“Species” starring Natasha Henstridge holds a place among the best works in the science fiction genre. Talented acting, excellent design, and top shelf special effects all contribute to the success of this enduringly popular film. Although “Species” never captured the popularity of the “Alien” series of films, they are loosely connected by similarities in their creature design. Both films rely on the creative work of artist H. R. Giger for the central monster of the movie. Although it’s never explicitly addressed in either film, for Giger fans there’s an implied relationship between alien invader, Sil, and the “Aliens” hunted by Sigourney Weaver and “Predators”.
H.R. Giger’s Connection to “Species” and “Alien”
Famous Swedish artist, H. R. Giger, designer of the Aliens from the wildly popular “Alien” franchise, designed the creature initially played by Natasha Henstridge. The top notch special effects capture the sexual nuances in Giger’s design, which are a visual motif of the invading aliens mating instinct. His artwork is known for its depiction of sexual visuals embedded in the design of everyday objects. While the “Alien” series captures this aspect of his work in motifs of insect-like reproduction, “Species” is far more human in its expression of his artistic themes.
The Species Series
Great acting gives “Species” additional credibility. Ben Kingsly, Alfred Molina, Michael Madson, Forest Whittaker, and Marg Helgenberger all give solid performances. Natasha Henstridge is beautiful as the alien, and her acting communicates the clever animal instincts of the invading creature.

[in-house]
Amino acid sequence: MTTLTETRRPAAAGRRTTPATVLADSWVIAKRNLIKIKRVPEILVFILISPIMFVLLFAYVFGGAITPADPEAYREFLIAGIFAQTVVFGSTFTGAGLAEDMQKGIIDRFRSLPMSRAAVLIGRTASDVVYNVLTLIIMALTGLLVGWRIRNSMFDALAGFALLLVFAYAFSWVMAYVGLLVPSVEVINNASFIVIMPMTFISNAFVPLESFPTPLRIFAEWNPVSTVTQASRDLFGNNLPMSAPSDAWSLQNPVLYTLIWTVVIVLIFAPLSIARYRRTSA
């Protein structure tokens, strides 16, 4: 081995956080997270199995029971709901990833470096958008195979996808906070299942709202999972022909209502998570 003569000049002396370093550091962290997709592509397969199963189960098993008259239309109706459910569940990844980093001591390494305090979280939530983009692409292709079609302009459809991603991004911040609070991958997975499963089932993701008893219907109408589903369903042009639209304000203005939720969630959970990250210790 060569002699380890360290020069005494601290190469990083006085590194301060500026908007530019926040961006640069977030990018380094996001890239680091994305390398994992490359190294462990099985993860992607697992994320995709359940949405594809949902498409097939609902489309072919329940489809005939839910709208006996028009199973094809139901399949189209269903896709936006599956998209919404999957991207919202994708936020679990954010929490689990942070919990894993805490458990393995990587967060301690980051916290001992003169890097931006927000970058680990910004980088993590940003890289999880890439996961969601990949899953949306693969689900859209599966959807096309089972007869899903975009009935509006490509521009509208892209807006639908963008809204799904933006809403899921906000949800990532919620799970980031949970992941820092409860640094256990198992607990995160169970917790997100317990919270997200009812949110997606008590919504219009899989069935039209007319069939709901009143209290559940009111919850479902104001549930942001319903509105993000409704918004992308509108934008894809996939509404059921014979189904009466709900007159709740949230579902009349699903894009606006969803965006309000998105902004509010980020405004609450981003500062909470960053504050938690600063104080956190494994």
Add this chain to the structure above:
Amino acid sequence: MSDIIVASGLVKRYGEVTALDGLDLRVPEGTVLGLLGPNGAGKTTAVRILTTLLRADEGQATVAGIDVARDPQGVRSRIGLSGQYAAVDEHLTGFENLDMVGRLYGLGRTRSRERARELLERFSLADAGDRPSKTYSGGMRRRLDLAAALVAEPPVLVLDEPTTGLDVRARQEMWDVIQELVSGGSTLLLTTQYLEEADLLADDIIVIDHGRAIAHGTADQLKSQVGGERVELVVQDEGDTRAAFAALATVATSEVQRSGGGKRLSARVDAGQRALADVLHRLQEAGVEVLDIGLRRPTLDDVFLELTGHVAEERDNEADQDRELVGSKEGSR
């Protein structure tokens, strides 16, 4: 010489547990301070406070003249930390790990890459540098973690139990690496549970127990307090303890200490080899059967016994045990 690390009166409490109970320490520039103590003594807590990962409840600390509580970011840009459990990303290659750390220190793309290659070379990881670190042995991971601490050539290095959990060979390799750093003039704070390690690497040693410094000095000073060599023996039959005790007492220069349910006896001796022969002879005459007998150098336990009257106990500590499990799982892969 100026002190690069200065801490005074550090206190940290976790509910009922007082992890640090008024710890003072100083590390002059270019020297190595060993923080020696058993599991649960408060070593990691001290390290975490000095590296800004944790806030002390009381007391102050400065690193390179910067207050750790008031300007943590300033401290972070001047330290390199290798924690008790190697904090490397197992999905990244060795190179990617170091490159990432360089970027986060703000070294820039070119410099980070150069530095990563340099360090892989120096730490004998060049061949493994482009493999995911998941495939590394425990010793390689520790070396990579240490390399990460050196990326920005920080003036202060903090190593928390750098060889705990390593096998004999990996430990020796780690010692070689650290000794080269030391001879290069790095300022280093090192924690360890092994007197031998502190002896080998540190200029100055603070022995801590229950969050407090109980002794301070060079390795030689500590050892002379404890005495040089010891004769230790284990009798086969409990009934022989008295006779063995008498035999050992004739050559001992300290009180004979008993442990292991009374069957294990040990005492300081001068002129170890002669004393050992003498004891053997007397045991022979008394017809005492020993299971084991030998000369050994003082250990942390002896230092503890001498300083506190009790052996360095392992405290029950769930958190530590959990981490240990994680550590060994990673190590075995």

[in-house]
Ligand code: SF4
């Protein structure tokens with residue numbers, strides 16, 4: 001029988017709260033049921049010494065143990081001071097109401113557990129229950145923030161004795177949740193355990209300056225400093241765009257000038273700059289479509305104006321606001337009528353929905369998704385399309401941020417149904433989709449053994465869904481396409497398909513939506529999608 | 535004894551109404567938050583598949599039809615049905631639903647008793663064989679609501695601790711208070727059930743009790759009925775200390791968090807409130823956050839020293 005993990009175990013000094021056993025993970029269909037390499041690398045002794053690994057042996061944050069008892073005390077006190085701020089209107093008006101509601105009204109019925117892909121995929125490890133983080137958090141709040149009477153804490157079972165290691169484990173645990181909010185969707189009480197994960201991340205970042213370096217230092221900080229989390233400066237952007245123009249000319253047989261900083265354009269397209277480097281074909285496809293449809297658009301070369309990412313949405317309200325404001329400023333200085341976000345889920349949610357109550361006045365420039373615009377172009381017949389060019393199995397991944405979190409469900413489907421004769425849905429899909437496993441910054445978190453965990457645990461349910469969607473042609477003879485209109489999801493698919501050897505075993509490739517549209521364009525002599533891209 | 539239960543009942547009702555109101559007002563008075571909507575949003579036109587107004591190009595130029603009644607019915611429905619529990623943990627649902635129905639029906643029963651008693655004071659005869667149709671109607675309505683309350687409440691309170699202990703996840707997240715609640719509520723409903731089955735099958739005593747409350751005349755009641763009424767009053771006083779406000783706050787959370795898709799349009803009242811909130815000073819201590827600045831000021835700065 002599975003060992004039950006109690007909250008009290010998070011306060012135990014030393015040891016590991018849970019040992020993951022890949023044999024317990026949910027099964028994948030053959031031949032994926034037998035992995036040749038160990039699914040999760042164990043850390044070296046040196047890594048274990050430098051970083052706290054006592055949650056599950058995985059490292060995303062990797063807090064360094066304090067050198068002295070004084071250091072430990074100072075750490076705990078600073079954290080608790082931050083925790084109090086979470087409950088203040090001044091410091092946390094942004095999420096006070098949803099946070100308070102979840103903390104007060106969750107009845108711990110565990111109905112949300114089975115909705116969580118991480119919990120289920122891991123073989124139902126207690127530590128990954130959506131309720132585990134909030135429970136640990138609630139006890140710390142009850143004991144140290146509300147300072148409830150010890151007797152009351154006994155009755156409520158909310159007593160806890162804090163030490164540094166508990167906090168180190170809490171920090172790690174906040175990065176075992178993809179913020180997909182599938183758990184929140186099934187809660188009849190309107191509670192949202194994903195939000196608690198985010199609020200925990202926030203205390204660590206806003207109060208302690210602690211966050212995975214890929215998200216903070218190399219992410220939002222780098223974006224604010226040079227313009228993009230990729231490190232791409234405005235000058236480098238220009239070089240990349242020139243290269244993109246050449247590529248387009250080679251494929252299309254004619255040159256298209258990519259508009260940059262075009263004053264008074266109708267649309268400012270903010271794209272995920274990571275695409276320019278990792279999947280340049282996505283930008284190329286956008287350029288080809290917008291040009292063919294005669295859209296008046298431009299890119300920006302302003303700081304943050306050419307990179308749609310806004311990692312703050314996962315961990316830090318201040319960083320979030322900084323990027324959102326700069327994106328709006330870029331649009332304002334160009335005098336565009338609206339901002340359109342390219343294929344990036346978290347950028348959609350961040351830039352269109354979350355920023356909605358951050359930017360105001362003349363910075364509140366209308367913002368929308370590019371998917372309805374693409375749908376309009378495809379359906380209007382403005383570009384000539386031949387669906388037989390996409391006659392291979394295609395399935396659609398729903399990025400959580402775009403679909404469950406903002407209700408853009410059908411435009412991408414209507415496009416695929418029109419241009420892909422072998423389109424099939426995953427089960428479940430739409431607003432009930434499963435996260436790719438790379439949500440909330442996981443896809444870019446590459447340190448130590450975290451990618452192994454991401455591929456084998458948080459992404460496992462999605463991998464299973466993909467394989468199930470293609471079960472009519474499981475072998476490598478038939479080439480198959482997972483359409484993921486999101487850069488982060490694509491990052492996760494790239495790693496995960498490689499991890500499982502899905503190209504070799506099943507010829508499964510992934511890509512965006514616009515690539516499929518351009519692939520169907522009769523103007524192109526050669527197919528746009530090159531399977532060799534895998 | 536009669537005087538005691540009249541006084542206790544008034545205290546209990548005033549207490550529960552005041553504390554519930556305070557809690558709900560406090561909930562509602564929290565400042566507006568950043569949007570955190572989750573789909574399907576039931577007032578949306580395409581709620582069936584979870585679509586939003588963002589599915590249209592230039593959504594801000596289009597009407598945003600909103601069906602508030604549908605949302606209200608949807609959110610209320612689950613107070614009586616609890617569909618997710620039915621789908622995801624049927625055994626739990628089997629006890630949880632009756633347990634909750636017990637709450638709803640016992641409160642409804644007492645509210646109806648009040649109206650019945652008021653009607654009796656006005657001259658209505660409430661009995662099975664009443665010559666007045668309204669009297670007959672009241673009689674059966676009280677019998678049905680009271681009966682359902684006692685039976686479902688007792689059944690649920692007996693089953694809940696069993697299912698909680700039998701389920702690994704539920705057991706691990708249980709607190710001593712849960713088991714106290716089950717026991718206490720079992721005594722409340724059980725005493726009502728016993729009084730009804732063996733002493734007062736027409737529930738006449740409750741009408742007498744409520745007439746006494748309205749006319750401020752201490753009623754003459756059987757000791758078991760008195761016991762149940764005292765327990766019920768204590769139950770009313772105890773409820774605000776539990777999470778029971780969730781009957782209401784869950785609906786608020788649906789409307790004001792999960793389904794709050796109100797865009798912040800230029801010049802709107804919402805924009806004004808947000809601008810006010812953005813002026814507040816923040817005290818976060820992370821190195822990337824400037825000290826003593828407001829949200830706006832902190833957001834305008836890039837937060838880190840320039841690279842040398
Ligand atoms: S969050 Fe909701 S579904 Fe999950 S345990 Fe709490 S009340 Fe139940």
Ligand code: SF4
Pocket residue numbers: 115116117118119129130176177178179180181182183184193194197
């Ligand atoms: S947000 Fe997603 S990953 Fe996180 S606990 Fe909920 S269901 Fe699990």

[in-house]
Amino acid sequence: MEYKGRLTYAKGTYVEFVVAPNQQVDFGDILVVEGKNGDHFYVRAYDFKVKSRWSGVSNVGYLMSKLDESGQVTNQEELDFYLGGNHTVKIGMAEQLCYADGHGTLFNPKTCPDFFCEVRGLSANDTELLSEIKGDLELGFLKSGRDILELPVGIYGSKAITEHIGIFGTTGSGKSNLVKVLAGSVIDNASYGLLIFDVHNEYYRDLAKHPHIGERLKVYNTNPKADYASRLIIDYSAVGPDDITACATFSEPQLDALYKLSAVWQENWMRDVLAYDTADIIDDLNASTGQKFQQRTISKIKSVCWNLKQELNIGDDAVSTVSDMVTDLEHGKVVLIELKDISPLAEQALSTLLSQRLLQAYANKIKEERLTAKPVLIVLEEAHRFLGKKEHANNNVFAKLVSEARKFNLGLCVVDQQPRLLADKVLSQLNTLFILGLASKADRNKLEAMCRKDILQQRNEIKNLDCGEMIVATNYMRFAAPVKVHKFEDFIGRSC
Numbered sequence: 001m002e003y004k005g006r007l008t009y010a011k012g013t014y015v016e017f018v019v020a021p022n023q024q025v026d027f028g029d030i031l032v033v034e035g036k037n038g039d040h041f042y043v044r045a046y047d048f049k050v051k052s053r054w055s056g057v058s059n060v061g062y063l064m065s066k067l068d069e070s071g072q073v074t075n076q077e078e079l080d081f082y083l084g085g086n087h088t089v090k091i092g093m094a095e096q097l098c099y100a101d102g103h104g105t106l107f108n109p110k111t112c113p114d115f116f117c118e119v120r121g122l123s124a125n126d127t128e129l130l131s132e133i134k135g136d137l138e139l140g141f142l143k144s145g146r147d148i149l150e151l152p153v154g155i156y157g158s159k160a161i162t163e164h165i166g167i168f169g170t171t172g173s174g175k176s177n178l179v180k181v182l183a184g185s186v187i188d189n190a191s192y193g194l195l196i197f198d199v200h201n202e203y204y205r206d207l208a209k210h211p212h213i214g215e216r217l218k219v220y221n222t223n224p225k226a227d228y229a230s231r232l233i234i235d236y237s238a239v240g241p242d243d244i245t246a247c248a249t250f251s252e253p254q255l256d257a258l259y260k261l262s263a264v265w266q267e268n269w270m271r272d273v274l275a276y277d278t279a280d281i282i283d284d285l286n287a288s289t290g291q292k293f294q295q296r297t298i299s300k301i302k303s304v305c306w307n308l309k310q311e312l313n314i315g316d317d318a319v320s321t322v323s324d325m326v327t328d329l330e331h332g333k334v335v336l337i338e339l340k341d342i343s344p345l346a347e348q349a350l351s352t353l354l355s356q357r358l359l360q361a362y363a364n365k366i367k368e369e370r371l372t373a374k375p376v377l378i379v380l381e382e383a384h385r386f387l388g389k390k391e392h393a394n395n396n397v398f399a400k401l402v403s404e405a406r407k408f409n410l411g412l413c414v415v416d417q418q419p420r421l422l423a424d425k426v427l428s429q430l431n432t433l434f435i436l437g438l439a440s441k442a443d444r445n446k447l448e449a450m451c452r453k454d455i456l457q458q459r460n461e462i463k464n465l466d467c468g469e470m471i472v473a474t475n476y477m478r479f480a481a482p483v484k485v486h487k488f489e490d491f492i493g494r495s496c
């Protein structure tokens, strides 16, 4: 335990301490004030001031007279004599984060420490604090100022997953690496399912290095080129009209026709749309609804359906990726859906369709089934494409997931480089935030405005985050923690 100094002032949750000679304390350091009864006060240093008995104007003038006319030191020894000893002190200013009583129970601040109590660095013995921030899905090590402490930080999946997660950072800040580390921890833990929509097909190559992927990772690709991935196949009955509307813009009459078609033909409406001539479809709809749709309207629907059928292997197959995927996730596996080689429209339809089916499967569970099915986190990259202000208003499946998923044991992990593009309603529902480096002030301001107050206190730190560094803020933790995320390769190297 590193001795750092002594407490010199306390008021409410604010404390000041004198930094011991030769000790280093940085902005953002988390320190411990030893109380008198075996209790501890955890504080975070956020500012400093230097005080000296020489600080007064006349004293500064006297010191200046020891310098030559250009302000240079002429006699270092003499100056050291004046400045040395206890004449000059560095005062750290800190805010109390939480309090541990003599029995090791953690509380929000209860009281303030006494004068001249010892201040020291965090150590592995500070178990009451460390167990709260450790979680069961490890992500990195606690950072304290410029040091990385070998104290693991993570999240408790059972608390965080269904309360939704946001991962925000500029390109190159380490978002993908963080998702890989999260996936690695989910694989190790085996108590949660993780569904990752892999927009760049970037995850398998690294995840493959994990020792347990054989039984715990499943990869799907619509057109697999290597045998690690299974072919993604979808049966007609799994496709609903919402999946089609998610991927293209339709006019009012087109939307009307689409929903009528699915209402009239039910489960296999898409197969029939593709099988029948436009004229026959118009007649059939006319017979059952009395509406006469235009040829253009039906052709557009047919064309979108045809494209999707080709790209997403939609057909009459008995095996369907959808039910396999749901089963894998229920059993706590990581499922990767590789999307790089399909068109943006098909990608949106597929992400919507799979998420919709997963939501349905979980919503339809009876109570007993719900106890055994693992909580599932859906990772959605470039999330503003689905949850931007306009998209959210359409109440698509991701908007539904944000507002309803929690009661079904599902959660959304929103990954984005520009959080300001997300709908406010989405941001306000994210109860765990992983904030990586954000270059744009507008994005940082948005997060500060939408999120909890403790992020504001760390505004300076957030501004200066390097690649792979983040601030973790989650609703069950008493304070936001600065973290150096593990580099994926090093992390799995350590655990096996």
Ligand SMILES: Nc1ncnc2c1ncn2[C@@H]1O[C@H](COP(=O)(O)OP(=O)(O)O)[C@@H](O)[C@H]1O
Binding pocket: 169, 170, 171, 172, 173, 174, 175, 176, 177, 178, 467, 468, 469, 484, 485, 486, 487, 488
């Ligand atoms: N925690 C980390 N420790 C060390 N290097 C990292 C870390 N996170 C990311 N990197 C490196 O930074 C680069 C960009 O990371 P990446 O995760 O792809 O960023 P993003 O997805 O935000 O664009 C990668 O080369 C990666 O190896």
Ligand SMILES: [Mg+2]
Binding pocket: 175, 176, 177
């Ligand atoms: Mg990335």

The film’s popularity inspired a number of sequels trying to capture the same formula for success. “Species II” benefits from the return of several of the original actors. Natasha Henstridge and the other returning actors give the same charged performances, retaining the strength of the first film. The creature design is still based on H. R. Giger’s work, and the special effects are high quality. Again a creative connection between both series is subtly apparent for fans of Giger’s art. He is the father of both creatures.
Other than a brief cameo by Natasha Henstridge, part three has little to offer fans of the original. The producers’ understanding of the series merits is limited to nudity and gruesome deaths. The imaginative work of H. R. Giger, and fine character acting of the first two movies is absent from these later sequels, and they are inferior for it. Despite the lack of intelligent themes presented by H.R. Gieger’s contribution to the series, the remaining sequels do present one interesting motif. They take the story in the direction of a sort of reversal of the classic slasher movie. Instead of Jason Voorhees or Michael Myers killing the naked teens, the naked coed kills everyone else.